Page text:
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The US Economy: How Did we Get Here? Where are we Headed?

For years now I’ve been working under the Balance Sheet Recessionary theory – the idea that the private sector has experienced an unusual slump due to a debt based bubble that impaired balance sheets and slowed aggregate demand to a crawl.  In such an environment the private sector cannot sustain growth because spending is diverted towards balance sheet repair – spenders become savers.  This is inherently deflationary if it plays itself out naturally.  But clearly, that’s not what occurred.  Instead, the government stepped in and picked up the slack.

In order to visualize what’s happened in the USA it’s helpful to take a step back.  The following charts will help communicate the above concept.

Stage 1: Private sector debt bubble and inevitable implosion.

That big surge in the ratio from 0.80 to 1.15 is the result of the housing bubble and the irrational exuberance over the idea that housing prices cannot go do down.  The subsequent decline has been the result of the de-leveraging cycle.

It’s led to healthier balance sheets, but the process has coincided with very weak aggregate demand and a sluggish overall economy as a result.


Stage 2: Private Investment Collapses Bringing the Economy to a Screeching Halt.

The US economy normally ebbs and flows with private investment.  Private investment has always been the lifeblood of the US economy, but when the housing bubble burst it took private investment down in a way that was unprecedented with declines over 30% year over year.


Stage 3: The government steps in.  Did they rescue a dying patient?  

 When the private sector collapsed in this unprecedented way there were a few options.  We could have done nothing and just let the bubble collapse play out naturally.  This likely would have resulted in a far deeper and potentially more prolonged depression.  What’s going on in Greece and Spain is closer to this scenario and those nations have full blown depressions with continually declining GDP and unemployment well over 20%.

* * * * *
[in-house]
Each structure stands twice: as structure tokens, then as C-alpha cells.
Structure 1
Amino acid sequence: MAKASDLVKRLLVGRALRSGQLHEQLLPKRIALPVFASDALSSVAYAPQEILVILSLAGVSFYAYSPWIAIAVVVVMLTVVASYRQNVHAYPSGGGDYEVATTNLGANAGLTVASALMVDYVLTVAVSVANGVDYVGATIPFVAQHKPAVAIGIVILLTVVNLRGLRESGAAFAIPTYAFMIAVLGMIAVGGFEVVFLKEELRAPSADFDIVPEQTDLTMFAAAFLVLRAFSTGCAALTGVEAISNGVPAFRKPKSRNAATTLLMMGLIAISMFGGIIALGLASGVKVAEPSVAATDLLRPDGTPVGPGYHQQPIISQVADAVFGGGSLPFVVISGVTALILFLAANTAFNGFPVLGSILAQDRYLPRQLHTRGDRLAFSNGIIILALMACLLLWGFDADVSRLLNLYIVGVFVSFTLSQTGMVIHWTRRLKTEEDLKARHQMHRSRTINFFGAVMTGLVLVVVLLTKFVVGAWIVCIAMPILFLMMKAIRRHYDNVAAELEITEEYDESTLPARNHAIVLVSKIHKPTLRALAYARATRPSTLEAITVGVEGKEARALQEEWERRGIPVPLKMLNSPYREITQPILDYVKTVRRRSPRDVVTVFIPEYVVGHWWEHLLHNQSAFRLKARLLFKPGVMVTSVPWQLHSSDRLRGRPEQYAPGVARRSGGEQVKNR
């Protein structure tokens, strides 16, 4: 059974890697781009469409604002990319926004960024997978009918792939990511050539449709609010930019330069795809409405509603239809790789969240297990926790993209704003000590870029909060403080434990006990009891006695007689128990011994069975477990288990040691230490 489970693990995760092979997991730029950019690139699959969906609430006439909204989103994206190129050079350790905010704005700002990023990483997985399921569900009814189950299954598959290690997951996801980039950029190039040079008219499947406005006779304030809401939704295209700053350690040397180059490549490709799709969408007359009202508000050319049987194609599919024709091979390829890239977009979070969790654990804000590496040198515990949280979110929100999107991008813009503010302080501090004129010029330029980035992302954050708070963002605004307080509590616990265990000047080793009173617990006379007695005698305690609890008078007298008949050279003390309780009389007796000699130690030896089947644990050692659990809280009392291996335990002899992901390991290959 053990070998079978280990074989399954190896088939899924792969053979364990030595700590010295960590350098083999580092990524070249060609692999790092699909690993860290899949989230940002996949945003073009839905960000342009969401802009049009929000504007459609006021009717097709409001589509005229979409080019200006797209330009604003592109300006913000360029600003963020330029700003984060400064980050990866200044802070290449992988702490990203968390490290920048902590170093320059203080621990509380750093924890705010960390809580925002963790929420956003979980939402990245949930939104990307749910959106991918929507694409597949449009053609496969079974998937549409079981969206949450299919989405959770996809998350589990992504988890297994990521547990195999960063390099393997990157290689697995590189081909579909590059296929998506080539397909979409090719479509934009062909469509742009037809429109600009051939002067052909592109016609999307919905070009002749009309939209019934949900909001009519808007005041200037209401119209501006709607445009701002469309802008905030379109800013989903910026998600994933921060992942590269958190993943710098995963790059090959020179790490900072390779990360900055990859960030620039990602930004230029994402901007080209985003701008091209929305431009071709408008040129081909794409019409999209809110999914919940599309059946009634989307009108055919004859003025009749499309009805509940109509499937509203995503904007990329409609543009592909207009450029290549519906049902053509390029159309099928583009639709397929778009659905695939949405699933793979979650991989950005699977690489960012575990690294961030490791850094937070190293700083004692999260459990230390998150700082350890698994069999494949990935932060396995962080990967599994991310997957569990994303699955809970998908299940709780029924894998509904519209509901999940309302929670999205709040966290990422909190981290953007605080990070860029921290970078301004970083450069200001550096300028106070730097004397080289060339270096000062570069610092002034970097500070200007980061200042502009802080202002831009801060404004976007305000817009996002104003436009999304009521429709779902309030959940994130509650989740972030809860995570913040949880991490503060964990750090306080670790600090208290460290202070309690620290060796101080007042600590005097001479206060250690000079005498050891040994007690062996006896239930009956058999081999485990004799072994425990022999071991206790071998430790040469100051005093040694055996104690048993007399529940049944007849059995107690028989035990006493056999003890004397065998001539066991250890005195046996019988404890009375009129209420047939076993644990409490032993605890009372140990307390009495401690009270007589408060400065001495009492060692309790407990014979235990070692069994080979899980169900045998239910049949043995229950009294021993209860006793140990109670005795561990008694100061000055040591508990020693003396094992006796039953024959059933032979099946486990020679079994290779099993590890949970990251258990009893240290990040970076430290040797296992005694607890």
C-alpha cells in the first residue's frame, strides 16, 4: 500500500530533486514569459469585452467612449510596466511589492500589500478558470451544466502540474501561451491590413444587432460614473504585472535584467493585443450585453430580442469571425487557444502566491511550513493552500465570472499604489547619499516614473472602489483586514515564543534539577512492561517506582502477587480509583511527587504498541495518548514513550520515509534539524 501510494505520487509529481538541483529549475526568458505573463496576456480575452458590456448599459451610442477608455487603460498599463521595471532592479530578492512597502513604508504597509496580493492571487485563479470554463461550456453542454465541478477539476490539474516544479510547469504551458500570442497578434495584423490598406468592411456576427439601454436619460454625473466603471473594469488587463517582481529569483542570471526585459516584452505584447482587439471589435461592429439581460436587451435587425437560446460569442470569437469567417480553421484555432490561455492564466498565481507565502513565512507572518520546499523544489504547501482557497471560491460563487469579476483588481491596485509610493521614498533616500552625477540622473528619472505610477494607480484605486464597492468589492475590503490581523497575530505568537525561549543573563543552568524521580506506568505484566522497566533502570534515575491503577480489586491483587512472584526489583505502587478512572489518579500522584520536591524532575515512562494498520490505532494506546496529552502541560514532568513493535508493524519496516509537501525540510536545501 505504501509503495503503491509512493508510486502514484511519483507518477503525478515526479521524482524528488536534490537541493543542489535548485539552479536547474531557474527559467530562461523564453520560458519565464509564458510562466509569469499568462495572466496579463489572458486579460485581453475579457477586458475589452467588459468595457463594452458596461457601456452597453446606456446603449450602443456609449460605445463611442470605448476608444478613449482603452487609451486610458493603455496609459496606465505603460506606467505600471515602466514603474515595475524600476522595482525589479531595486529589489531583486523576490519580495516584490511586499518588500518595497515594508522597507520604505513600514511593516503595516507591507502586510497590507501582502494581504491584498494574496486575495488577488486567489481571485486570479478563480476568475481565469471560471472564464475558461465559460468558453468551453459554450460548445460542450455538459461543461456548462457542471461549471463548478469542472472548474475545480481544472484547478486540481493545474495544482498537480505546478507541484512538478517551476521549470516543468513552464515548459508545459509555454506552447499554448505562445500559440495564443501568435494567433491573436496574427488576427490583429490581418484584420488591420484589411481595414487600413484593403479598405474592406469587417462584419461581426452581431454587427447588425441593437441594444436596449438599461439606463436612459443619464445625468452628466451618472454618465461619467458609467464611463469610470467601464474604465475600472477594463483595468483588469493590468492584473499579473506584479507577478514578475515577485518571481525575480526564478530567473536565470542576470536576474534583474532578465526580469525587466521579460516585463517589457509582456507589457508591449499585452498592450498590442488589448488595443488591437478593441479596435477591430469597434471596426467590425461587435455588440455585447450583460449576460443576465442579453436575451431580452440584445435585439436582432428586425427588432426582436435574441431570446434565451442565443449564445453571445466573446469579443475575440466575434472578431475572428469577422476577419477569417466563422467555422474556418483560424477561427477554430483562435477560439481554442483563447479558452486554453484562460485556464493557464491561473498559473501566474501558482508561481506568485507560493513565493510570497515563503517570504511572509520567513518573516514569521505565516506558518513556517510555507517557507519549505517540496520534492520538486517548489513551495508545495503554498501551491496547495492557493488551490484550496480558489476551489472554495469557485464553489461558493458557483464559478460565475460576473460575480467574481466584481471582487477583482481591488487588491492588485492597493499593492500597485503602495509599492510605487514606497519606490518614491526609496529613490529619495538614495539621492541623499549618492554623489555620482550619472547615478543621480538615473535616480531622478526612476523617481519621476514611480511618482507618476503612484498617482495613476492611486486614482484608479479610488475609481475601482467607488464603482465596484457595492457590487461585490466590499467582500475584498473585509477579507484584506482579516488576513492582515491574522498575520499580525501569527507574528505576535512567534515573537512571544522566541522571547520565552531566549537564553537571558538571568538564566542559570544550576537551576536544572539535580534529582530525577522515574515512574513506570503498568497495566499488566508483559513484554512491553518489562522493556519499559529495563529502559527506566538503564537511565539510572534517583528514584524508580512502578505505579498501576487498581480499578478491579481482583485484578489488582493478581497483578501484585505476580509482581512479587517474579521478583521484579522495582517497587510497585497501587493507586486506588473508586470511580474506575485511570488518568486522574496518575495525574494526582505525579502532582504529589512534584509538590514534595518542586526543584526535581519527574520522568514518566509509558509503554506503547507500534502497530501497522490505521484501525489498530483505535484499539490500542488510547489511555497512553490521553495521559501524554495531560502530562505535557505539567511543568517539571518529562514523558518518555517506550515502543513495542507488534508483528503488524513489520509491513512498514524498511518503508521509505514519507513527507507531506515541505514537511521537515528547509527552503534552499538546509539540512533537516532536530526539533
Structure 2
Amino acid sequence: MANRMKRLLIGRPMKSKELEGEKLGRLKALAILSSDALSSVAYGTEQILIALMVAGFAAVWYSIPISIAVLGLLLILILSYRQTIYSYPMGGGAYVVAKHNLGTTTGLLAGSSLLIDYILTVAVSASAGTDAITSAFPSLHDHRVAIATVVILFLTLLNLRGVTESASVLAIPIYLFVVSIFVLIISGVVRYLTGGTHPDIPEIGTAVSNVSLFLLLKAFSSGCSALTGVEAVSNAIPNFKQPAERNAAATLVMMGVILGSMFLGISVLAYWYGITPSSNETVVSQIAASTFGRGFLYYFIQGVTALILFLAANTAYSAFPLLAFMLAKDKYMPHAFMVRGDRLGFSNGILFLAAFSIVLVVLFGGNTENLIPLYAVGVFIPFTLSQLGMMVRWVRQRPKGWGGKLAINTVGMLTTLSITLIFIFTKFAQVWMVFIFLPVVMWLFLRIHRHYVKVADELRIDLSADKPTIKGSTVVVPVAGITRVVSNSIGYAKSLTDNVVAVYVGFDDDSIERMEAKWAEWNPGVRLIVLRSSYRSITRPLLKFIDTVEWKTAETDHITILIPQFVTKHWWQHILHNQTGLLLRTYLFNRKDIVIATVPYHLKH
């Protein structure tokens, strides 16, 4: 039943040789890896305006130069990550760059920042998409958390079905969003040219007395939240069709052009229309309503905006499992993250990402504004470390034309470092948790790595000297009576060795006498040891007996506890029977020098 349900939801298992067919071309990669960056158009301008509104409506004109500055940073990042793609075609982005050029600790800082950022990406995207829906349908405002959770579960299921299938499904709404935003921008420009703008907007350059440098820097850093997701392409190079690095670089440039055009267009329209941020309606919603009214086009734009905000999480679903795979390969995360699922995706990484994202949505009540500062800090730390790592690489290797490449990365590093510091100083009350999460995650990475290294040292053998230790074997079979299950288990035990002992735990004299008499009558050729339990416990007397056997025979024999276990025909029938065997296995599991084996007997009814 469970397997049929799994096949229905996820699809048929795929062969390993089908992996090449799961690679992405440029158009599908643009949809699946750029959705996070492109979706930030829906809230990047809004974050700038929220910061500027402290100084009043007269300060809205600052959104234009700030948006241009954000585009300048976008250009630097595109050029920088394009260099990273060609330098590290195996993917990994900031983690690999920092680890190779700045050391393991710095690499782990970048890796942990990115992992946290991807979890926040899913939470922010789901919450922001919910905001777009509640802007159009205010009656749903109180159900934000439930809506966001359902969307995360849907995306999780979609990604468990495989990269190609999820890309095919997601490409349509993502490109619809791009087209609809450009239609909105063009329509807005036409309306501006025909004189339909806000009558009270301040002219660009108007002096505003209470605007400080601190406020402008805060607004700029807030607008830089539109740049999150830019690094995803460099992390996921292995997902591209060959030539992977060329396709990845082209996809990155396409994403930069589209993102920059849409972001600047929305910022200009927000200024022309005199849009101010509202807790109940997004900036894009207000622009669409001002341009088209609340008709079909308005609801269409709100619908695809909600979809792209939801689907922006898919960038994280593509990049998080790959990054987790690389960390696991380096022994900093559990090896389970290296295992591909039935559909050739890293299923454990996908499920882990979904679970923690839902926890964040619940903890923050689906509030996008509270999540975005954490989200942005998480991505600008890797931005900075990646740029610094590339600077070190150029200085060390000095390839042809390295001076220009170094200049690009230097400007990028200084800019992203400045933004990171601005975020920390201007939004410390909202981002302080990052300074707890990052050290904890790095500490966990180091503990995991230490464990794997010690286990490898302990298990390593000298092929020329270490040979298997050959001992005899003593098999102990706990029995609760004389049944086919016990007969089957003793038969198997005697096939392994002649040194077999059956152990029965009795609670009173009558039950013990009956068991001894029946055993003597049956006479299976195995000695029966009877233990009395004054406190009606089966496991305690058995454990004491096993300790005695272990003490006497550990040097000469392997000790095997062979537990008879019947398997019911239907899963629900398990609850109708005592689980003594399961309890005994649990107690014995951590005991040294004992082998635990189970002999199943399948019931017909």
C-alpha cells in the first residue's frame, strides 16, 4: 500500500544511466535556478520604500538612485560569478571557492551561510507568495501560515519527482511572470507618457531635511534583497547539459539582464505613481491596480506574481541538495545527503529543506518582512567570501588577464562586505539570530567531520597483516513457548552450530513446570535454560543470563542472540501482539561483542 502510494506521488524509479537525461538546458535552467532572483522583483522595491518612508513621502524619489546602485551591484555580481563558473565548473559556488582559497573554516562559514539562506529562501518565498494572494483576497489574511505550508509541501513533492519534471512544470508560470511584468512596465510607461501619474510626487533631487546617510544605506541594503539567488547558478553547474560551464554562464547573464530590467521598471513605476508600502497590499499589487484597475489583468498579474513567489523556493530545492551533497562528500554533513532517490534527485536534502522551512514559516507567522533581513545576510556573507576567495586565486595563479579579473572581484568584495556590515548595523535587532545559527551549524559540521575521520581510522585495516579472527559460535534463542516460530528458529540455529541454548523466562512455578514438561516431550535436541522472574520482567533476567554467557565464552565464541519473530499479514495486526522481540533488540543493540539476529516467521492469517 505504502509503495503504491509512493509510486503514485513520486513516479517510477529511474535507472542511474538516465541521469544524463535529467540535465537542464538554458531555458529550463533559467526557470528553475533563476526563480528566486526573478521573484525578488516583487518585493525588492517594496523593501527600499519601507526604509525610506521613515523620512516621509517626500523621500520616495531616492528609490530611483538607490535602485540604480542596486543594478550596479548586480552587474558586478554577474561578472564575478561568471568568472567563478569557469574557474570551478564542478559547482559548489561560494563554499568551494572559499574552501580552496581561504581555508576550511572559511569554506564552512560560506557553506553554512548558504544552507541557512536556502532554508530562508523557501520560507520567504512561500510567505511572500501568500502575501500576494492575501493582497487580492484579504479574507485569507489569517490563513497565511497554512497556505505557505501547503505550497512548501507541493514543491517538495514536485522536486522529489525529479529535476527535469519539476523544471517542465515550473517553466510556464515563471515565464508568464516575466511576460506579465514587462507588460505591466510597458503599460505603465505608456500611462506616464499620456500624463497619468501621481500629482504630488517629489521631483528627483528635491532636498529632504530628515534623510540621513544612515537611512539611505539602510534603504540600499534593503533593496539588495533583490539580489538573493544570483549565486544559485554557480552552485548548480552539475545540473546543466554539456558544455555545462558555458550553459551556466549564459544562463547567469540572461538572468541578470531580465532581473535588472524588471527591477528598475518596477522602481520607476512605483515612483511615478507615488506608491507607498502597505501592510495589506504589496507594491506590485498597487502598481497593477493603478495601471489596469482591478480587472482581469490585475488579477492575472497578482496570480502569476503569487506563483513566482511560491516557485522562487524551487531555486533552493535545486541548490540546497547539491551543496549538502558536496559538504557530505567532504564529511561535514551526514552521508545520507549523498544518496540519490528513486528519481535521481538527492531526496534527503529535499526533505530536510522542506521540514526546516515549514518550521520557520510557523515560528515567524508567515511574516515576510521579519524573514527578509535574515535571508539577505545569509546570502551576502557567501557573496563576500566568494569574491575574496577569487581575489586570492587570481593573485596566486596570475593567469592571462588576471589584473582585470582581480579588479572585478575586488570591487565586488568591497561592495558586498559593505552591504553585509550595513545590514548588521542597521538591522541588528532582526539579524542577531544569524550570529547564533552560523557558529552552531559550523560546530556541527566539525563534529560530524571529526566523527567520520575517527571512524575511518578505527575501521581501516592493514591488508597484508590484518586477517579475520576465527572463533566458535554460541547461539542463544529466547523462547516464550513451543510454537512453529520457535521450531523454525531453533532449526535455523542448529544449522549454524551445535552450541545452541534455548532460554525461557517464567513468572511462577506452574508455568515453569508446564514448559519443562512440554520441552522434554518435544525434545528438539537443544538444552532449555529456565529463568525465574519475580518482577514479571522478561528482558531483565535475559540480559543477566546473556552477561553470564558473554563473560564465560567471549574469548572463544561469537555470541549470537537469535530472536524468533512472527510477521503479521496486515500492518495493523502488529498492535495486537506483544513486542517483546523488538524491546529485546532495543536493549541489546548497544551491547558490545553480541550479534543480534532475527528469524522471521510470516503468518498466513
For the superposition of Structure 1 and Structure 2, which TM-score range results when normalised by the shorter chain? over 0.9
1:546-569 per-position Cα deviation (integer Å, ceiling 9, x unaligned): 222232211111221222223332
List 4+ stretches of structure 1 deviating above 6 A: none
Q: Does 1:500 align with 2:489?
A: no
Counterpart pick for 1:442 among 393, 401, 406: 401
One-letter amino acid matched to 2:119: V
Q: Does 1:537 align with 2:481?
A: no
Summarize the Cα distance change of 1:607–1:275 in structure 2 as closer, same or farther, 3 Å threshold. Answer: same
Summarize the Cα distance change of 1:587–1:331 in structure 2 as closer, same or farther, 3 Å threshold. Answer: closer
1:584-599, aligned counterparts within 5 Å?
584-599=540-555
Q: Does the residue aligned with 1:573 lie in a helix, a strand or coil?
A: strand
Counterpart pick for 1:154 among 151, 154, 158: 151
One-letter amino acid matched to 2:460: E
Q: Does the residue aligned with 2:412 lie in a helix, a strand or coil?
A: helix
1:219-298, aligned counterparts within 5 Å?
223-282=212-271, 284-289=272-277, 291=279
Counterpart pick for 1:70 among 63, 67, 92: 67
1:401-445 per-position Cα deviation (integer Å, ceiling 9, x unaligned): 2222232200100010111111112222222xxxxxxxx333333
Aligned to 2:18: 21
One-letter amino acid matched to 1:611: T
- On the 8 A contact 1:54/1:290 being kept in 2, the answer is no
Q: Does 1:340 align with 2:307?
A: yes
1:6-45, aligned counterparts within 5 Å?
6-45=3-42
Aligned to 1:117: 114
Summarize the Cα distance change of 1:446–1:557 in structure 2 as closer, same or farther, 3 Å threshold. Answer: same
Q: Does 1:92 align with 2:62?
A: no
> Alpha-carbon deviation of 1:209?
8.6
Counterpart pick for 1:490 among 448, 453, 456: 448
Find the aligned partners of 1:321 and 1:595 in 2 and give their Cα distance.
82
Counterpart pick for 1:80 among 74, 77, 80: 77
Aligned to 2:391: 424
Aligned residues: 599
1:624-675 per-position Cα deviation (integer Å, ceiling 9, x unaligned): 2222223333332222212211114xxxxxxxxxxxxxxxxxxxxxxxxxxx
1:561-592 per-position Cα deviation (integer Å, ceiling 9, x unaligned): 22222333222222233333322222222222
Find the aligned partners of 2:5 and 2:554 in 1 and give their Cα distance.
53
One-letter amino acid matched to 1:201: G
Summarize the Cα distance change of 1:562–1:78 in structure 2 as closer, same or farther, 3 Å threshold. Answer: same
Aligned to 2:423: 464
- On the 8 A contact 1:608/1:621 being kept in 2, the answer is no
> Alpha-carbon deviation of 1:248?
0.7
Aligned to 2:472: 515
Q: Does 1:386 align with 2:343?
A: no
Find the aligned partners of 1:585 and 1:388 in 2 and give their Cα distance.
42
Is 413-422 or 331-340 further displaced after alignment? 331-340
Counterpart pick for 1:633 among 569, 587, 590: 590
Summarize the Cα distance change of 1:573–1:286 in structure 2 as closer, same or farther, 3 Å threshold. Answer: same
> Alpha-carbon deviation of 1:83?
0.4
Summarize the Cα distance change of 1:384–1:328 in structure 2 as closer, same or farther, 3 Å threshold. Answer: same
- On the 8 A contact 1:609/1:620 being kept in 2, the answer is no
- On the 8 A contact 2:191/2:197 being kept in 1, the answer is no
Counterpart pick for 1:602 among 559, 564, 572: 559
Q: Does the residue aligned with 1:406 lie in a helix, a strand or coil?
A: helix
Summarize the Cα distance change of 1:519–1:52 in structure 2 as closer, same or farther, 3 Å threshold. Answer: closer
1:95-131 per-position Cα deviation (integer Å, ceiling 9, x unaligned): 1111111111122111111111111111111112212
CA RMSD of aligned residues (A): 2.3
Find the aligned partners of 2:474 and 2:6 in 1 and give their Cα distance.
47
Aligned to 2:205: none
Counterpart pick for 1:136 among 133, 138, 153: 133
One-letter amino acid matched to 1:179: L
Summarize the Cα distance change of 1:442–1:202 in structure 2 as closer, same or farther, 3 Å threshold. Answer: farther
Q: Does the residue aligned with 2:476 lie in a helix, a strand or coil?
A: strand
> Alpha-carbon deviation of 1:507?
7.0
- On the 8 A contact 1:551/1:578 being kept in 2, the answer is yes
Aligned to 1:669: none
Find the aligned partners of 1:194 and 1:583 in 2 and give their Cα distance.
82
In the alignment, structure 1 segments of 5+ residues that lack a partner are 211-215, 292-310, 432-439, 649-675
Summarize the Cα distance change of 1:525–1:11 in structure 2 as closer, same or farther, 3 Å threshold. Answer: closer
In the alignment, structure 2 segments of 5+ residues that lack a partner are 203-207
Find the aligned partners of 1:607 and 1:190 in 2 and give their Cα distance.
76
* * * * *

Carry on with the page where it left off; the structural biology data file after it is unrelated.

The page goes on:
The other option was to use the government to improve balance sheets.  This was achieved in part via QE1 and the Fed’s various lending programs which helped bring some semblance of normalcy to the markets and helped bolster bank balance sheets.  It’s my opinion that QE2 & the QE^n’s have been less impactful, but none impactless (though I do worry that the risks outweigh the rewards).

The other big help was the government’s budget deficit.  As you can see in the chart below the private sector experience a massive surplus position as a result of the government’s deficit.  Remember, when the government deficit spends Peter buys a bond from the government, the government deficit spends Peter’s bank deposits into Paul’s account and Peter ends up with a t-bond.  The t-bond is a net financial asset for the private sector because there is no corresponding private sector liability attached to it.  (See here for more on this).

In a balance sheet recession deficit spending serves like a double dose of stimulus.  Not only does it increase the flow of spending in the economy, but it also improves private balance sheets by providing the private sector with a risk free asset that has no corresponding private sector liability.  We can quibble over the efficiency of the government’s “flow” (deficit spending), but we can’t really argue with the accounting.


Stage 4: Where do we go from here?  

Understanding the balance sheet recession and the economic recovery has been all about understanding the process of de-leveraging and balance sheet improvement.  And the budget deficit has been, arguably, the key component to all of this.  So, looking ahead, the deficit continues to play a key role.  As private investment picks up the slack and the private sector starts to run with the baton the government’s deficit becomes less important.

The problem is, we’re not close to being out of the woods.  The economy might being starting to feel a bit better, but the reality is that it’s still quite weak.  Yes, the de-leveraging has started to turn into a re-leveraging, but that’s just the beginning of a normal healing process.  And private investment is still lower than its been at any point in the previous recessions.


Goldman Sachs estimates that the budget deficit is set to come in at $775B this year.  That’s down from their earlier estimate of $900B and way off the consistent $1T+ deficits we’d seen in previous years.  But it’s still a rather large budget deficit at about 5% of GDP.  We were at risk of experiencing much larger cuts.  Still, this will likely impede growth going forward as the reduced deficit works against two trends – it reduces the flow through the economy that is still on life support AND it reduces the additional net financial asset contribution which has played a crucial role in the balance sheet repair process.  These are not good developments, but they’re also not going to send us into a Greek-like scenario.  In short, it looks like muddle through is probably here to stay.

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